Making Recommendations in Real Time


Making recommendations based on an user’s current behavior in a small time window is a powerful feature that has been added to sifarish recently. In this post I will go over the details of this feature. The real time feature has been added for social collaborative filtering based recommendations.

In our solution, although Storm is used for processing real time user engagement event stream to find recommended items, Hadoop does lot of heavy lifting by computing the item correlation matrix from historical  user engagement event  data.  Redis has been used as glue to connect various Big Data sub systems.

Hadoop Batch Processing for  Item Correlation Matrix

Since the focus of this post is real time processing, I won’t be providing lot of details regarding the Hadoop jobs used to compute the item correlation matrix. Such details are available from my earlier posts. We start with user engagement event stream data which consists of of the following fields

  1. userID
  2. sessionID
  3. itemID
  4. eventType

Some pre-processing is necessary on raw click stream data to generate  this kind event stream data. More details on estimating rating from events are available in my earlier post. This input is fed into a sequence of  Hadoop Map reduce jobs to get the final output as an item correlation matrix. The details of this Map Reduce workflow is as below

Input Map Reduce Output
User engagement event ImplicitRatingEstimator which converts event stream to implicit rating Estimated rating as (userID,itemID,rating,timestamp)
Input from previous job CompactRatingFormatter which converts estimated rating to a more compact form Rating data with one line per item, consisting of itemID followed by a list of (userID,rating) pairs
Input from previous job ItemDynamicAttributeSimilarity which calculates items correlation Item correlation as (itemID1,itemID2,correlation,corrIntersectLength)
Input from previous job CorrelationMatrixBuilder which transforms correlation data to a matrix form Item correlation as items ID followed by a list of (itemID,rating) pairs

Details about ImplicitRatingEstimator  and ItemDynamicAttributeSimilarity Map reduce jobs can be found in my earlier  posts. If pearson correlation is to be used instead of cosine or jaccard, then the PearsonCorrelator Map Reduce should be used, instead of ItemDynamicAttributeSimilarity.

The final correlation matrix is stored in Redis cache for later consumption by Storm. For each row of the item correlation matrix, the itemID is used as the cache key and the list of correlated items along with correlation coefficients constitutes the value.

One issue that should be kept in mind is that the item correlation matrix needs to be re-computed periodically, because of changing customer population, item inventory and user behavior. In other words, there is a drift in the model.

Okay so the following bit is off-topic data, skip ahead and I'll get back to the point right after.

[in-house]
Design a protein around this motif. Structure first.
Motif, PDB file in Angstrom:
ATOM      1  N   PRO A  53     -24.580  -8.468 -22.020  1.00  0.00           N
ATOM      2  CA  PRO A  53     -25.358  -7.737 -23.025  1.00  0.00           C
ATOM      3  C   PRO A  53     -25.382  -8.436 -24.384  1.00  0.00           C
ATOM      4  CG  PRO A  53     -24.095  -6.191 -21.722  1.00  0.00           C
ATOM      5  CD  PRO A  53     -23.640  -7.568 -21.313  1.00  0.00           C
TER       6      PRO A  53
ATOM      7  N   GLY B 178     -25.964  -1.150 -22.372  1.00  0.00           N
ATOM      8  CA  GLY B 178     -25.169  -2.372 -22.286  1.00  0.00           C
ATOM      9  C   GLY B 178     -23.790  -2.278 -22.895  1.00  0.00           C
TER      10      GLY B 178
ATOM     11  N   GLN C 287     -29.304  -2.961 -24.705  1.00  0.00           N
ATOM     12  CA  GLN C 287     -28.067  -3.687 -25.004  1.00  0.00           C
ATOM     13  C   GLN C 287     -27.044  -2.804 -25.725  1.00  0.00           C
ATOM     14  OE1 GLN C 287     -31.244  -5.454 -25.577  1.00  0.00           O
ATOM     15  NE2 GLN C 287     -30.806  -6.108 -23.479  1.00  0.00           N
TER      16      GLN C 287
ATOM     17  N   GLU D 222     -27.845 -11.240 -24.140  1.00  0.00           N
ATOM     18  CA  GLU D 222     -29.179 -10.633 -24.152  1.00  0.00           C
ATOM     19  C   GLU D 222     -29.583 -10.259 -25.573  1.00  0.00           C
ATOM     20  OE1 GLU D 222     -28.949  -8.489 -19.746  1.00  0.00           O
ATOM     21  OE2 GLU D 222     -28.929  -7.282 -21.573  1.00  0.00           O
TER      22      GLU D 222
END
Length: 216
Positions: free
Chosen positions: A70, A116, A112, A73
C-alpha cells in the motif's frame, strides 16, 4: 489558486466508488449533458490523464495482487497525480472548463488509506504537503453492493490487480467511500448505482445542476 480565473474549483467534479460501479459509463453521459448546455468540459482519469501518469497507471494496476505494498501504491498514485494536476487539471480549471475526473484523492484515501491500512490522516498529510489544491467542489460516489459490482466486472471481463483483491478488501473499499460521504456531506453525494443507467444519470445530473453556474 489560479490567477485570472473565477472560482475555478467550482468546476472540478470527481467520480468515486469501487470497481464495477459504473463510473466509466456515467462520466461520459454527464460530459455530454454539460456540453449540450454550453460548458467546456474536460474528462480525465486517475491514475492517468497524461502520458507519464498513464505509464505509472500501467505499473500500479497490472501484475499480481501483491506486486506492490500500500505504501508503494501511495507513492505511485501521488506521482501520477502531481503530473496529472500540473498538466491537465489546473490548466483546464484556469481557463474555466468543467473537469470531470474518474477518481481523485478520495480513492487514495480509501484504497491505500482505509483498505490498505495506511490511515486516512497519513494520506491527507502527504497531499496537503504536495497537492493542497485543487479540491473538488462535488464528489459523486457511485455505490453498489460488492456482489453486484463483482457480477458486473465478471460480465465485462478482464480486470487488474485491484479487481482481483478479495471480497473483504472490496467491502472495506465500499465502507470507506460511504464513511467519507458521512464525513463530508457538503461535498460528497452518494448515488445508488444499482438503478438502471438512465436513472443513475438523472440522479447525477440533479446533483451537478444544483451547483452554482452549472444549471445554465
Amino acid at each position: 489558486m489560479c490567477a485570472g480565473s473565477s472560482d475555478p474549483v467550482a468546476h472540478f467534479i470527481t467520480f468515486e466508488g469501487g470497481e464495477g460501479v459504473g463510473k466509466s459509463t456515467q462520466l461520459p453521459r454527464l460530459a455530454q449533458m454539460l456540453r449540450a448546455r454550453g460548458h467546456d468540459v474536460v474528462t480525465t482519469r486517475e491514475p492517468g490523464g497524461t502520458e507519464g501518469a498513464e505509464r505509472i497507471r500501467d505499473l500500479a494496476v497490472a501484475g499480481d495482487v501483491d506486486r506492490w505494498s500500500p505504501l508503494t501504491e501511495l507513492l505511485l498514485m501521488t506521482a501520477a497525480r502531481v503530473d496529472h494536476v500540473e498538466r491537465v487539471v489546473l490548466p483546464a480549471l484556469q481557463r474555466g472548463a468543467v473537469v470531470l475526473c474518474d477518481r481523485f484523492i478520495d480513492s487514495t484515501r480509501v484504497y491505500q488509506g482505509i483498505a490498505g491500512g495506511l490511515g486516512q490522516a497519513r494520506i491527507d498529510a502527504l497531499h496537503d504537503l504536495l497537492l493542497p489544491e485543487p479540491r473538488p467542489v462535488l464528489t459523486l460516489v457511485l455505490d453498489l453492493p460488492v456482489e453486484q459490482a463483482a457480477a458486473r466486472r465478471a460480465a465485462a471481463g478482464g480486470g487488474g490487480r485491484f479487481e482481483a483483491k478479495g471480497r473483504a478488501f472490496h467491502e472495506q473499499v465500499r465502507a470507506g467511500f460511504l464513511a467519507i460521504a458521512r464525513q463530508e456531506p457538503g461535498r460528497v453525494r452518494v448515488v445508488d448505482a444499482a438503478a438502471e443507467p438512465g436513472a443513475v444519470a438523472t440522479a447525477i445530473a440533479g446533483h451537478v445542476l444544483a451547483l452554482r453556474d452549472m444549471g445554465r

The frequency of the re-computation and the time window length of the historical data should be dictated by how dynamic the environment is. Here is an example:  compute once a week using past 6 months data..

Storm Real Time Processing for Recommendations

Item correlation based collaborative filtering recommendation processing requires two kinds of input

  1. Set of items rated by user and the corresponding rating
  2. Item correlation matrix

As far as the second item is concerned, as described earlier, items correlation matrix is computed by a sequence of Hadoop Map reduce jobs using historical user engagement event data.

For the first item, since we are not using explicit user rating, Storm will convert real time user engagement event stream to estimated ratings for all items that an user is engaging with. For rating estimation, Storm needs the event to rating mapping metadata.

The metadata JSON file is loaded into a Redis cache prior to starting storm. During the  initialization of a Storm bolt, the JSON string is read from the cache and de-serialized to a java object.

The Storm topology is simple, consisting of a Spout for Redis queue and a Bolt for the processing. The parallelism for the Spout and Bolt is provided through configuration parameters. The event tuples are partitioned (field grouped as per Storm terminology) by the userID, so that events for an user will always be processed by the same Bolt instance.

Our bolt does state full processing. An user engages with may items during a session. The bolt maintain an in memory queue of events for each userID,itemID pair. The event window has different user configurable expiration policies as below.

  1. Session : Whenever a new session is encountered, the queue is emptied
  2. Time window : Only events within a specified time window are kept. Older events are dropped
  3. Event count : Only a specified number of recent  events are kept.

The size of the window at any given time determines to what extent recent events influence the recommendations. A short window implies that only very recent data determines the recommendation output.

The caching of item correlation vectors is in 2 levels. The first level is based on Google Guava library cache. When there is a cache miss on the first level, Redis cache is looked up.

The recommendation output can be written to a Redis queue or cache depending on how it’s configured. Generally for every event for an user a new set of recommendations are generated. If the client application does not care about capturing the recommendations for all events, cache could be used. With Redis cache, the userID is used as the key and the cache will return the most recent recommendations generated for an user.

Real Time Processing Steps

Essentially, given an user’s interest in certain items as reflected by  an estimated rating values,we compute the predicted rating of certain other related items, making use of the item correlation matrix.

When operating in full batch modes, these computations are done through a set of Hadoop Map Reduce jobs. These batch computation are done periodically. During that window of days or weeks, recommended items for all users remain static, until next round of processing.

In contrast, in real time processing, for every event tuple received from the Redis queue the following processing steps are triggered. For every such event, the processing pipeline generates  an output of  userID followed by a list itemIDs for top k recommended items.